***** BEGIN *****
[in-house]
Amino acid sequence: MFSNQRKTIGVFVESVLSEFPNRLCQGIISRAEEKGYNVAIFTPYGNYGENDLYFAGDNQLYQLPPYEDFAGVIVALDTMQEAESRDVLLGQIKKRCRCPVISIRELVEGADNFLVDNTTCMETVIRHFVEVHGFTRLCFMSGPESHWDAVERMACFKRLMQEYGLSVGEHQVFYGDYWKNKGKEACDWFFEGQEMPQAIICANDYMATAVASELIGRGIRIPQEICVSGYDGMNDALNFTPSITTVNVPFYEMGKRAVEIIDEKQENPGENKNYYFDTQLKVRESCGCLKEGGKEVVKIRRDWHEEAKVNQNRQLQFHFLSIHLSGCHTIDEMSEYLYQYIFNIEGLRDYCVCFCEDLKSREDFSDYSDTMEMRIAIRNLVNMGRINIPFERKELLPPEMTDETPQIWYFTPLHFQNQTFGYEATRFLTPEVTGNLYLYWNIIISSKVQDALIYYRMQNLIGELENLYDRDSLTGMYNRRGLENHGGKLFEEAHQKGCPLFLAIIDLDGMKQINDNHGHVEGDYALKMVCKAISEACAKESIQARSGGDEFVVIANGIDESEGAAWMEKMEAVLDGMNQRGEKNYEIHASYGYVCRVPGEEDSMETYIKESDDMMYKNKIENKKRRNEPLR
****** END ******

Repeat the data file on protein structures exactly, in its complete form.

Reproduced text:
[in-house]
Amino acid sequence: MFSNQRKTIGVFVESVLSEFPNRLCQGIISRAEEKGYNVAIFTPYGNYGENDLYFAGDNQLYQLPPYEDFAGVIVALDTMQEAESRDVLLGQIKKRCRCPVISIRELVEGADNFLVDNTTCMETVIRHFVEVHGFTRLCFMSGPESHWDAVERMACFKRLMQEYGLSVGEHQVFYGDYWKNKGKEACDWFFEGQEMPQAIICANDYMATAVASELIGRGIRIPQEICVSGYDGMNDALNFTPSITTVNVPFYEMGKRAVEIIDEKQENPGENKNYYFDTQLKVRESCGCLKEGGKEVVKIRRDWHEEAKVNQNRQLQFHFLSIHLSGCHTIDEMSEYLYQYIFNIEGLRDYCVCFCEDLKSREDFSDYSDTMEMRIAIRNLVNMGRINIPFERKELLPPEMTDETPQIWYFTPLHFQNQTFGYEATRFLTPEVTGNLYLYWNIIISSKVQDALIYYRMQNLIGELENLYDRDSLTGMYNRRGLENHGGKLFEEAHQKGCPLFLAIIDLDGMKQINDNHGHVEGDYALKMVCKAISEACAKESIQARSGGDEFVVIANGIDESEGAAWMEKMEAVLDGMNQRGEKNYEIHASYGYVCRVPGEEDSMETYIKESDDMMYKNKIENKKRRNEPLR